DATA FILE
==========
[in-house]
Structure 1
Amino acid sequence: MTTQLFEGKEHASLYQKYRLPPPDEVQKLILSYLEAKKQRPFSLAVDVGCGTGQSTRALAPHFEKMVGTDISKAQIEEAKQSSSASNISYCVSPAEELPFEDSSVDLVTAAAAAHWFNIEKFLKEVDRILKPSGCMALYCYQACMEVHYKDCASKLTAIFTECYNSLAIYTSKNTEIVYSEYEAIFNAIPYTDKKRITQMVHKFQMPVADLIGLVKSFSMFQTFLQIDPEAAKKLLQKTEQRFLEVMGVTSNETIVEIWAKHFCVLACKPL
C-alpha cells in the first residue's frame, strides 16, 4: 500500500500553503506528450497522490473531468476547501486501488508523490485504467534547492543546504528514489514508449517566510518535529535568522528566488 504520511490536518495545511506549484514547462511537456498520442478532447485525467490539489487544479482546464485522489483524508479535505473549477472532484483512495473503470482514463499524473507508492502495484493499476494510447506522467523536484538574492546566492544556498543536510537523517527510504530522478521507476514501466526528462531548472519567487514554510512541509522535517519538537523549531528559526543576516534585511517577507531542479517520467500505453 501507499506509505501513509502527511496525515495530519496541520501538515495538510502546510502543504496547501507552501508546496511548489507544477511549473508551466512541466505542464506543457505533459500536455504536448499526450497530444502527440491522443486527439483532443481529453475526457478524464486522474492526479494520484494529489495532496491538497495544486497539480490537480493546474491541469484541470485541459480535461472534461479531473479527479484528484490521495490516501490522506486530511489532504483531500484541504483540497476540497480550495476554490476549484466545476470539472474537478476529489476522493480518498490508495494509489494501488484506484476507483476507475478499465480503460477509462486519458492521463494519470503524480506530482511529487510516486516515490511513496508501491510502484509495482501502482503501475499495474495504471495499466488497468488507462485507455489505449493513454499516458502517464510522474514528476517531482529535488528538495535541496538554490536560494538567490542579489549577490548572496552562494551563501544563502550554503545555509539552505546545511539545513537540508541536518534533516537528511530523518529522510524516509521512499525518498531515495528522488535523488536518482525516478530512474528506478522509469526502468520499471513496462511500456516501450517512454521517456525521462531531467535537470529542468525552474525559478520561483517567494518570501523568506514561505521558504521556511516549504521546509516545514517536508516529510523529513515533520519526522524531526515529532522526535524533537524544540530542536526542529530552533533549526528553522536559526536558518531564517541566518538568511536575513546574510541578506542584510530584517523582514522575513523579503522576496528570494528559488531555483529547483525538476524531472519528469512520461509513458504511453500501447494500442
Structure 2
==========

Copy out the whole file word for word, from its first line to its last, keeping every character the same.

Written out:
[in-house]
Structure 1
Amino acid sequence: MTTQLFEGKEHASLYQKYRLPPPDEVQKLILSYLEAKKQRPFSLAVDVGCGTGQSTRALAPHFEKMVGTDISKAQIEEAKQSSSASNISYCVSPAEELPFEDSSVDLVTAAAAAHWFNIEKFLKEVDRILKPSGCMALYCYQACMEVHYKDCASKLTAIFTECYNSLAIYTSKNTEIVYSEYEAIFNAIPYTDKKRITQMVHKFQMPVADLIGLVKSFSMFQTFLQIDPEAAKKLLQKTEQRFLEVMGVTSNETIVEIWAKHFCVLACKPL
C-alpha cells in the first residue's frame, strides 16, 4: 500500500500553503506528450497522490473531468476547501486501488508523490485504467534547492543546504528514489514508449517566510518535529535568522528566488 504520511490536518495545511506549484514547462511537456498520442478532447485525467490539489487544479482546464485522489483524508479535505473549477472532484483512495473503470482514463499524473507508492502495484493499476494510447506522467523536484538574492546566492544556498543536510537523517527510504530522478521507476514501466526528462531548472519567487514554510512541509522535517519538537523549531528559526543576516534585511517577507531542479517520467500505453 501507499506509505501513509502527511496525515495530519496541520501538515495538510502546510502543504496547501507552501508546496511548489507544477511549473508551466512541466505542464506543457505533459500536455504536448499526450497530444502527440491522443486527439483532443481529453475526457478524464486522474492526479494520484494529489495532496491538497495544486497539480490537480493546474491541469484541470485541459480535461472534461479531473479527479484528484490521495490516501490522506486530511489532504483531500484541504483540497476540497480550495476554490476549484466545476470539472474537478476529489476522493480518498490508495494509489494501488484506484476507483476507475478499465480503460477509462486519458492521463494519470503524480506530482511529487510516486516515490511513496508501491510502484509495482501502482503501475499495474495504471495499466488497468488507462485507455489505449493513454499516458502517464510522474514528476517531482529535488528538495535541496538554490536560494538567490542579489549577490548572496552562494551563501544563502550554503545555509539552505546545511539545513537540508541536518534533516537528511530523518529522510524516509521512499525518498531515495528522488535523488536518482525516478530512474528506478522509469526502468520499471513496462511500456516501450517512454521517456525521462531531467535537470529542468525552474525559478520561483517567494518570501523568506514561505521558504521556511516549504521546509516545514517536508516529510523529513515533520519526522524531526515529532522526535524533537524544540530542536526542529530552533533549526528553522536559526536558518531564517541566518538568511536575513546574510541578506542584510530584517523582514522575513523579503522576496528570494528559488531555483529547483525538476524531472519528469512520461509513458504511453500501447494500442
Structure 2